2nd International Workshop on Robotics Software Engineering (RoSE’19)
- Co-located with ICSE 2019
- in Montréal, Canada
- May 27, 2019
Theme & Goals
Robotics is one of the most challenging domains for software engineering. Deploying even simple applications requires integrating solutions from experts of various domains, including navigation, path planning, manipulation, localization, human-robot interaction, etc. Integration of modules contributed by respective domain experts is one of the key challenges in engineering software-centric systems, yet only one of the cross-cutting software concerns crucial to robotics. As robots often operate in dynamic, partially observable environments additional challenges include adaptability, robustness, safety, and security.
The goal of RoSE 2019 is to bring together researchers from participating domains with practitioners to identify new frontiers in robotics software engineering, discuss challenges raised by real-world applications, and transfer latest insights from research to industry. RoSE 2019 will solicit contributions from both academic and industrial participants, thus fostering active synergy between the two communities.
Topics of Interest
RoSE 2019 seeks contributions addressing, but not limited to, the following topics related to robotics software engineering:
- Analysis of challenges in robotic software engineering
- Architectures that lead to reusable robotic software
- Challenges for defining and integrating domain-specific languages for the design of robotic systems
- Continuous integration and deployment in robotics
- Identification and analysis of design principles promoting quality of service (e.g., performance, energy efficiency)
- Engineering the collaboration of multiple (heterogeneous) robots
- Machine learning for safety-critical robotic systems
- Metrics to measure non-functional properties (e.g., robustness, availability, etc.) and their application in robotic software
- Best practices in engineering robotic software
- Variability, modularity, and reusability in robotic software
- Validation and verification of robotic software
- Processes and tools supporting the engineering and development of robotic systems
- State-of-the-art research projects, innovative ideas, and field-based studies in robotic software engineering
- Lessons learned in the engineering and deployment of large-scale, real-world integrated robot
We are happy to have Prof. Giovanni Beltrame of the Department of Computer and Software Engineering of the École Polytechnique de Montréal giving a keynote talk on “Gathering swarms: programming large-scale robotic networks”.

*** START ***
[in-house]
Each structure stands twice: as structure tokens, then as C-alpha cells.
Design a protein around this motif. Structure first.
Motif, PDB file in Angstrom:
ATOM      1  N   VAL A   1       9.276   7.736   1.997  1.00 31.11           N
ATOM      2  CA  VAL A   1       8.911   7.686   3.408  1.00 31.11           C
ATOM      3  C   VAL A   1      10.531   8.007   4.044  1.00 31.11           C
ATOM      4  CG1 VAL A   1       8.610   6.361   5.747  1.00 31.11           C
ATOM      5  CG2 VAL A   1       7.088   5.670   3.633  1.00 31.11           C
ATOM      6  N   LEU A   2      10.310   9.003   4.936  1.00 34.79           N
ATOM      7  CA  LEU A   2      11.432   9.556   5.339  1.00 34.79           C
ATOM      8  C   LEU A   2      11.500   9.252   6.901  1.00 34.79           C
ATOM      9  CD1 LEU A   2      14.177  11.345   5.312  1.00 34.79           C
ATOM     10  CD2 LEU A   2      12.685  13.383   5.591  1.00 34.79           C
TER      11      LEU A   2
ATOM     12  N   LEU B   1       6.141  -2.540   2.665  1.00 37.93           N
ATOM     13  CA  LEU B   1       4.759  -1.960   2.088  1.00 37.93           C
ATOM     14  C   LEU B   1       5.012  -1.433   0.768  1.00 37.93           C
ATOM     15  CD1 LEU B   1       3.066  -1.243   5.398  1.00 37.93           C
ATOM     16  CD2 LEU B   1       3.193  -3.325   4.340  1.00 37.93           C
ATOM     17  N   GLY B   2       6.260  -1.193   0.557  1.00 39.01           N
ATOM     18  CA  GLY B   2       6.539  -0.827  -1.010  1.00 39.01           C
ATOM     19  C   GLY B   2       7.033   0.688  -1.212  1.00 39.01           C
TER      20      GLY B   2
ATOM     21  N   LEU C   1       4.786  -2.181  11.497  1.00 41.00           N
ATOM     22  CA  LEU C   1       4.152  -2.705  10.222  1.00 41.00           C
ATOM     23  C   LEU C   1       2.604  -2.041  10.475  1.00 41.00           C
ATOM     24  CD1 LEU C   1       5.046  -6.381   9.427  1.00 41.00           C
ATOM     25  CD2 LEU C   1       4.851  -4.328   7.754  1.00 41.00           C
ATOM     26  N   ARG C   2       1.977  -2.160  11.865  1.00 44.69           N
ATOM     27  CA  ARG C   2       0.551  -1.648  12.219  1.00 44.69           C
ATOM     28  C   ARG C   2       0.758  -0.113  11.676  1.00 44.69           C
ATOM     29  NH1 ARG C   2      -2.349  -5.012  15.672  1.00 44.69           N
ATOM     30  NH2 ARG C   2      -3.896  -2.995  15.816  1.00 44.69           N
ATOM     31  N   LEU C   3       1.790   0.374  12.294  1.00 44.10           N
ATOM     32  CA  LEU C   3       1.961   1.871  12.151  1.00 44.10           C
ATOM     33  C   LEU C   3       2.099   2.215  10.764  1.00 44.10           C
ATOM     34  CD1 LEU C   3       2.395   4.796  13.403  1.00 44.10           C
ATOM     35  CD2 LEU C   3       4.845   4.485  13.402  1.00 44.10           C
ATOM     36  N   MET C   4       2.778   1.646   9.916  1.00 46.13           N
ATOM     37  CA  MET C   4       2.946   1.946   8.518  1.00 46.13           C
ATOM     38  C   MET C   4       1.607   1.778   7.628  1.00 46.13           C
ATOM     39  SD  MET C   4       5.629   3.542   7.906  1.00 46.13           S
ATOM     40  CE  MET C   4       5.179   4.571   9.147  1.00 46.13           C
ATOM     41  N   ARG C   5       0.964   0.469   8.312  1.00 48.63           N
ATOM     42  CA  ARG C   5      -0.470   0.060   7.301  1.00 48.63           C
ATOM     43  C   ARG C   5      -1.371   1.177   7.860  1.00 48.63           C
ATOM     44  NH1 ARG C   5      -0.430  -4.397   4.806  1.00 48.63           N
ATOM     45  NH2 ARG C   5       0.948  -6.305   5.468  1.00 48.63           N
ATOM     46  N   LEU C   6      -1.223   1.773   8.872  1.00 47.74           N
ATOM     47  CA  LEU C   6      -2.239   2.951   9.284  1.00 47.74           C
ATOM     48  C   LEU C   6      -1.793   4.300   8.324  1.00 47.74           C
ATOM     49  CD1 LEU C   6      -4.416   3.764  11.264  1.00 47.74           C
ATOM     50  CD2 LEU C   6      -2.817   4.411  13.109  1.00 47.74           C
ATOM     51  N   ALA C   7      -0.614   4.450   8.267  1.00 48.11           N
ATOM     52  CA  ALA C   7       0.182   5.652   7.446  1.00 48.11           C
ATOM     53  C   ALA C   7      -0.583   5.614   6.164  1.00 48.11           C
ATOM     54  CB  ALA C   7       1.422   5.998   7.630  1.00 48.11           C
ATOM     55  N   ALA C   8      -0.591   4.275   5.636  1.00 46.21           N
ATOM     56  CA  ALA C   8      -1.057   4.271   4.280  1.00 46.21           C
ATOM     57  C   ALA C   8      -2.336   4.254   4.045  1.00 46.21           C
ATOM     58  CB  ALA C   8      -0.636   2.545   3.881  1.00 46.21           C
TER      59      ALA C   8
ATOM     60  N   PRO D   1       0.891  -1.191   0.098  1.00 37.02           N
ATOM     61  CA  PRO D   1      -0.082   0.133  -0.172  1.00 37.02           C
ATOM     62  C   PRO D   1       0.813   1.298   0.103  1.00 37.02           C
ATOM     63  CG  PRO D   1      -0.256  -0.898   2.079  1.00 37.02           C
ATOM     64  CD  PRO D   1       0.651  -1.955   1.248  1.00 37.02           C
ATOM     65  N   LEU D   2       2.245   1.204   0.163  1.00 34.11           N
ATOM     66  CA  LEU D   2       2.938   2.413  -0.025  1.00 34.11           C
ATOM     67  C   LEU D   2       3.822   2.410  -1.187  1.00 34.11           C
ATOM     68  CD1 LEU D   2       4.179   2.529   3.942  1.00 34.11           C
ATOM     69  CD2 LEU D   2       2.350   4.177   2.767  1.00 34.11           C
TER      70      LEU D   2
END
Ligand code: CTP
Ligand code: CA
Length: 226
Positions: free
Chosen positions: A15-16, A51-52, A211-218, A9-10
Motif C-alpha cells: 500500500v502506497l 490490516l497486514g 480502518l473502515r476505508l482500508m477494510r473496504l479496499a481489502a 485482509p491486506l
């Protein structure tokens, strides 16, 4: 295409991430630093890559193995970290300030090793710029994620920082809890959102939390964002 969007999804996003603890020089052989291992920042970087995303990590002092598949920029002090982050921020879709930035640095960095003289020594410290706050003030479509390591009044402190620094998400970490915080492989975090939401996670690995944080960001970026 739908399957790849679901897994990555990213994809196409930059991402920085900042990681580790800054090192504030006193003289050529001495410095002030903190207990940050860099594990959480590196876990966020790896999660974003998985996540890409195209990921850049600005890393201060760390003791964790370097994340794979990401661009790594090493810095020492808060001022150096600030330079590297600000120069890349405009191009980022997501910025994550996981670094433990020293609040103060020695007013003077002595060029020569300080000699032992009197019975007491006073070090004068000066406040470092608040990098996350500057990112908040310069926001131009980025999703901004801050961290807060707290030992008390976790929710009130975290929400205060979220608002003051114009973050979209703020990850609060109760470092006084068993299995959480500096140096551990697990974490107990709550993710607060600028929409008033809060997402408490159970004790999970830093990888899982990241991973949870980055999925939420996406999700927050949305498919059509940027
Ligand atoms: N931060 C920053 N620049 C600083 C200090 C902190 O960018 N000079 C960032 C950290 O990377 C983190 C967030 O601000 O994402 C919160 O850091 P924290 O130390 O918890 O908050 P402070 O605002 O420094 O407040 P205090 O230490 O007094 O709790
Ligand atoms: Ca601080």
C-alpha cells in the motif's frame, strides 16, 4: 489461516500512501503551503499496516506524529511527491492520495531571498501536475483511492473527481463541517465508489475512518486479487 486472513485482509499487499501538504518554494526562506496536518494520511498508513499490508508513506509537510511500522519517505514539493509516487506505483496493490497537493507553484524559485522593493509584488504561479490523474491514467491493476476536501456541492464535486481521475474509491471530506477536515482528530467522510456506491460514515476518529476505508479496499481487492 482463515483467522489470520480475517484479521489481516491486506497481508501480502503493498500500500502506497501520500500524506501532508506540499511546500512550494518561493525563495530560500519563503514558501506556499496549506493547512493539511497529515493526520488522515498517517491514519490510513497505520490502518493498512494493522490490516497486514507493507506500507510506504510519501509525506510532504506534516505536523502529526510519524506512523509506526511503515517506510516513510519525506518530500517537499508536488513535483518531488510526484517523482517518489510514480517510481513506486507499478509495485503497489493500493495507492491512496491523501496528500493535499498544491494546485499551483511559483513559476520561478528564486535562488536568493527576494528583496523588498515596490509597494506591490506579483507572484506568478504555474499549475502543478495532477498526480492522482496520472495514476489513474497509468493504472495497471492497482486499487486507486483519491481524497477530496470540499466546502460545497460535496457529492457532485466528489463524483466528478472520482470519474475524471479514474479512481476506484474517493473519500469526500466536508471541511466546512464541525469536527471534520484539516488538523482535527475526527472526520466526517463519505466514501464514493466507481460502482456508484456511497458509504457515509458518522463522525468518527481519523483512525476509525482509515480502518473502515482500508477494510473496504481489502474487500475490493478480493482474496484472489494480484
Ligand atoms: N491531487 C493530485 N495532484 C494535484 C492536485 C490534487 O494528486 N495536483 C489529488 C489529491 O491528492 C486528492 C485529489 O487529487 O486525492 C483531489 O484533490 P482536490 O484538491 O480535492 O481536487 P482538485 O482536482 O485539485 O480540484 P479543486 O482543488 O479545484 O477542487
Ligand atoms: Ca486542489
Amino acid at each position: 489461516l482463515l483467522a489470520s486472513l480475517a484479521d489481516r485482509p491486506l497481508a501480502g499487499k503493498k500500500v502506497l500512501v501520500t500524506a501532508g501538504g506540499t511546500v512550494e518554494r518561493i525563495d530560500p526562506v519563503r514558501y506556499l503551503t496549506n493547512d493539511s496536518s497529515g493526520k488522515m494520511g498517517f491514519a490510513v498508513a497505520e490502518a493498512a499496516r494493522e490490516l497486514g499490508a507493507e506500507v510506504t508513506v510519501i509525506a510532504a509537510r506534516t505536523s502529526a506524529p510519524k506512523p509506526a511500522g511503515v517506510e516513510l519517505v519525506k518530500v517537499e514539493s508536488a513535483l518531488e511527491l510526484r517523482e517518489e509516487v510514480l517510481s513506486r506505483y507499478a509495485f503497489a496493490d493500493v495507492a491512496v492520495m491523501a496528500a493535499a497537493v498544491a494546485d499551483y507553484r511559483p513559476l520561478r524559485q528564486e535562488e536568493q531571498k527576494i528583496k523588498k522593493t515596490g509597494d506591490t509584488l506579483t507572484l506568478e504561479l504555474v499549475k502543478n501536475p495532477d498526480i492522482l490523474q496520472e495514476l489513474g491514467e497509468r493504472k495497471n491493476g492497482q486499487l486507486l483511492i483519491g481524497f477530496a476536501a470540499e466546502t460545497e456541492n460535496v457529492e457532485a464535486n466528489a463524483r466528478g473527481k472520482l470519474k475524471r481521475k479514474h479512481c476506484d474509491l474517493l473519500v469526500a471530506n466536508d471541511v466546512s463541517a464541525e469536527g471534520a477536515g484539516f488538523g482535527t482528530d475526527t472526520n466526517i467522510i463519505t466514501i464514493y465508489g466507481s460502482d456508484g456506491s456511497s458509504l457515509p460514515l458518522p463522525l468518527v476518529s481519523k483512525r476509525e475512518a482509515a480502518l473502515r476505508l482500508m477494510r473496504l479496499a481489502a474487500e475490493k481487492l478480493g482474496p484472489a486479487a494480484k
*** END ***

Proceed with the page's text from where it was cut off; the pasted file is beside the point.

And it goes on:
We are currently on the verge of a new technology revolution—autonomous robots are becoming more and more present in our everyday lives. From drones to self-driving cars, these systems are becoming pervasive, and are acting as an enabling technology for many kinds of safety-critical applications. Examples of robotic applications are search-and-rescue operations, industrial and agricultural inspection, autonomous car driving, aerial mapping, monument digitization, and surgery. Despite this ambitious vision, the major achievements in the area of swarm robotics still consist of algorithms that tackle specific problem instances, and the performance of these algorithms strongly depends upon the context in which they are developed. Given this state of affairs, reproducing results and comparing algorithms is difficult, hindering the development of swarm robotics as a whole. This talk will provide an overview of the current challenges and potential solutions that aim at programming (and maintaining) thousands of robots in a safe and manageable way. In particular, the presentation will showcase new languages, paradigms, and methods for the development and deployment of complex swarm behaviors, as well as giving practical examples in the area of disaster response and space exploration.
Giovanni Beltrame obtained his Ph.D. in Computer Engineering from Politecnico di Milano, in 2006 after which he worked as microelectronics engineer at the European Space Agency on a number of projects spanning from radiation-tolerant systems to computer-aided design. In 2010 he moved to Montreal, Canada where he is currently Professor at Polytechnique Montreal with the Computer and Software Engineering Department. He was also Visiting Professor at the University of Tübingen in 2017/2018. Dr. Beltrame directs the MIST Lab, with more than 30 students and postdocs under his supervision. He has completed several projects in collaboration with industry and government agencies in the area of disaster response and space exploration. He is the principal investigator for the first university-made CubeSat in Quebec, and scientific director of the Quebec Nanosatellite Constellation project. His research interests include modeling and design of embedded systems, artificial intelligence, and robotics, on which he has published research in top journals and conferences.